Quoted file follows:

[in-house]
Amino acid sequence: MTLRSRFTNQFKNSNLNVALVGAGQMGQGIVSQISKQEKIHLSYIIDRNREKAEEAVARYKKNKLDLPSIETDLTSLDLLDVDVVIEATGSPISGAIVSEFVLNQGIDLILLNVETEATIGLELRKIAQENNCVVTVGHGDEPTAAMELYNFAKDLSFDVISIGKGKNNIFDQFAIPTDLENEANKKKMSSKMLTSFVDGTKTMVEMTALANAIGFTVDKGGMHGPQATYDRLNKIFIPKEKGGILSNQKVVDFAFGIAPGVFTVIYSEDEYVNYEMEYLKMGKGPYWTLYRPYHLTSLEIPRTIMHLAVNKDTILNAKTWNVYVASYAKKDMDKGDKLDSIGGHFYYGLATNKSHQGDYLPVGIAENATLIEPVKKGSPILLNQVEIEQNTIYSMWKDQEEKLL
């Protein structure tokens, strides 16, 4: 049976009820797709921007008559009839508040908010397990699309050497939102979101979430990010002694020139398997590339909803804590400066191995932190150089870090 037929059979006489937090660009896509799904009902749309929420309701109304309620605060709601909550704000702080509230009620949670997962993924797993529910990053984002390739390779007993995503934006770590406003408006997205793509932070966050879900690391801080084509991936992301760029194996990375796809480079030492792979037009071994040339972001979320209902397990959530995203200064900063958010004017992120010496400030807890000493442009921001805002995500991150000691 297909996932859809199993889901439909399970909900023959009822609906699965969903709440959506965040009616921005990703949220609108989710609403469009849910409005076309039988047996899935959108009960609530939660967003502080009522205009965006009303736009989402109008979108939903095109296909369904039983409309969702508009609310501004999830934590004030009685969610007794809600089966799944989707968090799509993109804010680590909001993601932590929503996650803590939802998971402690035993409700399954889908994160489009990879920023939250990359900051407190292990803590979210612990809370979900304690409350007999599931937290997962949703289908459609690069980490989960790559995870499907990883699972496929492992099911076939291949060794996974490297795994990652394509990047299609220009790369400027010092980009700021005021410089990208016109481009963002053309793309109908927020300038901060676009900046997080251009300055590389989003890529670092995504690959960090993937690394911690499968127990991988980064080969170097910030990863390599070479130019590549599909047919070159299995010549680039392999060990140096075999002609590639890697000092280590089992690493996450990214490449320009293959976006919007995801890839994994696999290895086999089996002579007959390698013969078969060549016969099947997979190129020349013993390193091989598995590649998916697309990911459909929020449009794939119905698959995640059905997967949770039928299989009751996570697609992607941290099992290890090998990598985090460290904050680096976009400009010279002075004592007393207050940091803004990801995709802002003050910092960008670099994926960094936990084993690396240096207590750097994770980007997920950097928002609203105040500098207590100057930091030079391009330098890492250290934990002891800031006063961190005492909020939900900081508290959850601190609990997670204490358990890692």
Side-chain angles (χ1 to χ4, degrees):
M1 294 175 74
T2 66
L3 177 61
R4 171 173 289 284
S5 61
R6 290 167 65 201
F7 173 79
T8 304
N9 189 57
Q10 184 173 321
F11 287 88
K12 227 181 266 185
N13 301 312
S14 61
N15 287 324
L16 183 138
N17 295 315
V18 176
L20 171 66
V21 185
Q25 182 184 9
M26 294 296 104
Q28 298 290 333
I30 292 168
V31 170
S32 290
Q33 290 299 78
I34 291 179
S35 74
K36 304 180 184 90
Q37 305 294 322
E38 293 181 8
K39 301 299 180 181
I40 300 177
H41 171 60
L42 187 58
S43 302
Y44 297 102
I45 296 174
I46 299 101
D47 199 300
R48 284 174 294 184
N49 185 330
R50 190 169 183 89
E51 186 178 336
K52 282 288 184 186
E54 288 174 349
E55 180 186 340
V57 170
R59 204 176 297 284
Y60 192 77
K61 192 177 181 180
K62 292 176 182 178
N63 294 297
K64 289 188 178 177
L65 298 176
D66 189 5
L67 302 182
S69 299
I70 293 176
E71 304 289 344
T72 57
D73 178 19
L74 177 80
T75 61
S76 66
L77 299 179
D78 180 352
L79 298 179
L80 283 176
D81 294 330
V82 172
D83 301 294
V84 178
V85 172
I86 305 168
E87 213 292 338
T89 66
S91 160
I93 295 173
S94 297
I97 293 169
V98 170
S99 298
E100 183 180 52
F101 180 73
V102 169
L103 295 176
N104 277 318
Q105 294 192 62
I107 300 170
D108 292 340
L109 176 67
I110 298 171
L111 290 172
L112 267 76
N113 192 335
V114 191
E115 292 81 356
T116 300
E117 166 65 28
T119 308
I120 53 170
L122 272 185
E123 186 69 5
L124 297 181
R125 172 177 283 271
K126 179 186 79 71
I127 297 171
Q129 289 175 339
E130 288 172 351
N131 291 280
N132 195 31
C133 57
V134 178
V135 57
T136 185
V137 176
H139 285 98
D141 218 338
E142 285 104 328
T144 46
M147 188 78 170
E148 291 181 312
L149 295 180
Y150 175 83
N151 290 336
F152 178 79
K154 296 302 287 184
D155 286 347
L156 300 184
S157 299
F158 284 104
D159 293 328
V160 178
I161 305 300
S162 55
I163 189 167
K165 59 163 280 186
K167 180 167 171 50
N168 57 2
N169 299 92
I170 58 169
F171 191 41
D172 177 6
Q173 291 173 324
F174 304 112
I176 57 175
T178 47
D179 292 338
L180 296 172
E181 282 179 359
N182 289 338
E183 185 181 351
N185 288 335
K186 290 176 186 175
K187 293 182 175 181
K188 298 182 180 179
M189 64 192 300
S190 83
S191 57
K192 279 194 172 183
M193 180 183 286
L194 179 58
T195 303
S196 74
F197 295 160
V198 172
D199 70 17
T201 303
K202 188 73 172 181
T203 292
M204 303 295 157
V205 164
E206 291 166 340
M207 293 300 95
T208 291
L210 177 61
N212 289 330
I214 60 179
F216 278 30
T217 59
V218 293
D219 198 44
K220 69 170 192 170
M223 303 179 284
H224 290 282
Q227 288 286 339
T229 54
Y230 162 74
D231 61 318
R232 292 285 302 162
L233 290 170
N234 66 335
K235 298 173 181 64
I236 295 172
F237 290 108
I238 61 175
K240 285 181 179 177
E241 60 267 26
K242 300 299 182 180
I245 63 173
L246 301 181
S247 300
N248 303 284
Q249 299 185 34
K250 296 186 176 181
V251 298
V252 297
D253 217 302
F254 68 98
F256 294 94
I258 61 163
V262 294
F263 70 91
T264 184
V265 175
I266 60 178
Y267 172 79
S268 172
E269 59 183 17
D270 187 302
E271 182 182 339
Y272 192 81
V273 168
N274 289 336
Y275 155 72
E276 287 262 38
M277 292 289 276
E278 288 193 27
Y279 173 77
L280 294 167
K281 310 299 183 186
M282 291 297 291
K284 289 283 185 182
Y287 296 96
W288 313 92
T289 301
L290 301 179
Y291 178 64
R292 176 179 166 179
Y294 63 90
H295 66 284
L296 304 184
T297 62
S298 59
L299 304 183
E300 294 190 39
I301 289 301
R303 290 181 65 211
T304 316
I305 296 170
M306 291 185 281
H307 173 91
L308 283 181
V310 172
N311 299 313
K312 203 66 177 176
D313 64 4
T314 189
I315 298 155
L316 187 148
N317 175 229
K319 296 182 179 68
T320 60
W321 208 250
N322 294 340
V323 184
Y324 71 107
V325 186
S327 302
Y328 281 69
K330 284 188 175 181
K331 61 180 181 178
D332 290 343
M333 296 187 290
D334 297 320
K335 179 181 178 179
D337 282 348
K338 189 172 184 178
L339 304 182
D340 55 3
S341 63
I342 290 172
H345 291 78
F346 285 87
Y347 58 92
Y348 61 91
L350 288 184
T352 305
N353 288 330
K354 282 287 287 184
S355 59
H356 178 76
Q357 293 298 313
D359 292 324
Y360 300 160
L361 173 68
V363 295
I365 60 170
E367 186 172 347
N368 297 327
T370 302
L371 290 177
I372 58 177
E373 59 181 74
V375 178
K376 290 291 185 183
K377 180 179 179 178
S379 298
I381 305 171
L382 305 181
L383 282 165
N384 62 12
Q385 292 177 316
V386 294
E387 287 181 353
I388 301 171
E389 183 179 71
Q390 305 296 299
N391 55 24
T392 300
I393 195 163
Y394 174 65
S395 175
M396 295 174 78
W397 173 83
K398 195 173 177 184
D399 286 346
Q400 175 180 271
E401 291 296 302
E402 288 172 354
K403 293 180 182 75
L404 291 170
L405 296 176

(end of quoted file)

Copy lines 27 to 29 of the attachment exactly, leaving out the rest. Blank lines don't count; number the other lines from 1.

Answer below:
Q28 298 290 333
I30 292 168
V31 170